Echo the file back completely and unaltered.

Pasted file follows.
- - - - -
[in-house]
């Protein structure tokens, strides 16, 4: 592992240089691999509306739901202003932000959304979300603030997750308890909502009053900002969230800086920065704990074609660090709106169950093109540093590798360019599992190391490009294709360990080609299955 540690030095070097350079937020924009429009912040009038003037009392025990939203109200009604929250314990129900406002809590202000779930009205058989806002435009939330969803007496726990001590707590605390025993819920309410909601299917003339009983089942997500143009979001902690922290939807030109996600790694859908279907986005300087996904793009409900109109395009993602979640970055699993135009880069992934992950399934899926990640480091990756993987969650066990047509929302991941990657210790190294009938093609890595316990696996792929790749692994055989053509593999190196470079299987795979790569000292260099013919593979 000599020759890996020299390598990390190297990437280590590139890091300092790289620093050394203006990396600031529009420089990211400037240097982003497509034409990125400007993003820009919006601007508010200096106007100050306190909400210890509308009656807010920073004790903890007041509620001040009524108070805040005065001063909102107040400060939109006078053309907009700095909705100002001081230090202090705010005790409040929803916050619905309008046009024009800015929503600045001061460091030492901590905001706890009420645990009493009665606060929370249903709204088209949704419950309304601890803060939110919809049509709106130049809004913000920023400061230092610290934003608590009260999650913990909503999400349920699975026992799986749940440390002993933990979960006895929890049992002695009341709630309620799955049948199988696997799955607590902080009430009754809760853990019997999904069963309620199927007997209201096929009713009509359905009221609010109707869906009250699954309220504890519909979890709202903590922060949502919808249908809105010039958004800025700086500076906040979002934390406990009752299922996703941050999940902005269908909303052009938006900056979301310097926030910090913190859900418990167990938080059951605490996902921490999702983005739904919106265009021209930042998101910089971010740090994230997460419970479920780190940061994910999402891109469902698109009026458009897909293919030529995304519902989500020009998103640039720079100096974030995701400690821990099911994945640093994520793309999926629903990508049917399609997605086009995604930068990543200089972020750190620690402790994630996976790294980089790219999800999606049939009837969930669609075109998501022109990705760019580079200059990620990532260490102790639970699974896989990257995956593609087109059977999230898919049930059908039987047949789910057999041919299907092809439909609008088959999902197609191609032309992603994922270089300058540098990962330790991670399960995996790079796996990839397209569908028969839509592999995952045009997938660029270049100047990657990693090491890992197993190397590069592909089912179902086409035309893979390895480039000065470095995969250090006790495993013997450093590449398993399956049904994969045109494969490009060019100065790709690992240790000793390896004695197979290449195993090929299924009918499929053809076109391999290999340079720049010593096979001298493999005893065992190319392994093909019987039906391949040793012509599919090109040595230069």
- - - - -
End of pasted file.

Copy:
[in-house]
């Protein structure tokens, strides 16, 4: 592992240089691999509306739901202003932000959304979300603030997750308890909502009053900002969230800086920065704990074609660090709106169950093109540093590798360019599992190391490009294709360990080609299955 540690030095070097350079937020924009429009912040009038003037009392025990939203109200009604929250314990129900406002809590202000779930009205058989806002435009939330969803007496726990001590707590605390025993819920309410909601299917003339009983089942997500143009979001902690922290939807030109996600790694859908279907986005300087996904793009409900109109395009993602979640970055699993135009880069992934992950399934899926990640480091990756993987969650066990047509929302991941990657210790190294009938093609890595316990696996792929790749692994055989053509593999190196470079299987795979790569000292260099013919593979 000599020759890996020299390598990390190297990437280590590139890091300092790289620093050394203006990396600031529009420089990211400037240097982003497509034409990125400007993003820009919006601007508010200096106007100050306190909400210890509308009656807010920073004790903890007041509620001040009524108070805040005065001063909102107040400060939109006078053309907009700095909705100002001081230090202090705010005790409040929803916050619905309008046009024009800015929503600045001061460091030492901590905001706890009420645990009493009665606060929370249903709204088209949704419950309304601890803060939110919809049509709106130049809004913000920023400061230092610290934003608590009260999650913990909503999400349920699975026992799986749940440390002993933990979960006895929890049992002695009341709630309620799955049948199988696997799955607590902080009430009754809760853990019997999904069963309620199927007997209201096929009713009509359905009221609010109707869906009250699954309220504890519909979890709202903590922060949502919808249908809105010039958004800025700086500076906040979002934390406990009752299922996703941050999940902005269908909303052009938006900056979301310097926030910090913190859900418990167990938080059951605490996902921490999702983005739904919106265009021209930042998101910089971010740090994230997460419970479920780190940061994910999402891109469902698109009026458009897909293919030529995304519902989500020009998103640039720079100096974030995701400690821990099911994945640093994520793309999926629903990508049917399609997605086009995604930068990543200089972020750190620690402790994630996976790294980089790219999800999606049939009837969930669609075109998501022109990705760019580079200059990620990532260490102790639970699974896989990257995956593609087109059977999230898919049930059908039987047949789910057999041919299907092809439909609008088959999902197609191609032309992603994922270089300058540098990962330790991670399960995996790079796996990839397209569908028969839509592999995952045009997938660029270049100047990657990693090491890992197993190397590069592909089912179902086409035309893979390895480039000065470095995969250090006790495993013997450093590449398993399956049904994969045109494969490009060019100065790709690992240790000793390896004695197979290449195993090929299924009918499929053809076109391999290999340079720049010593096979001298493999005893065992190319392994093909019987039906391949040793012509599919090109040595230069």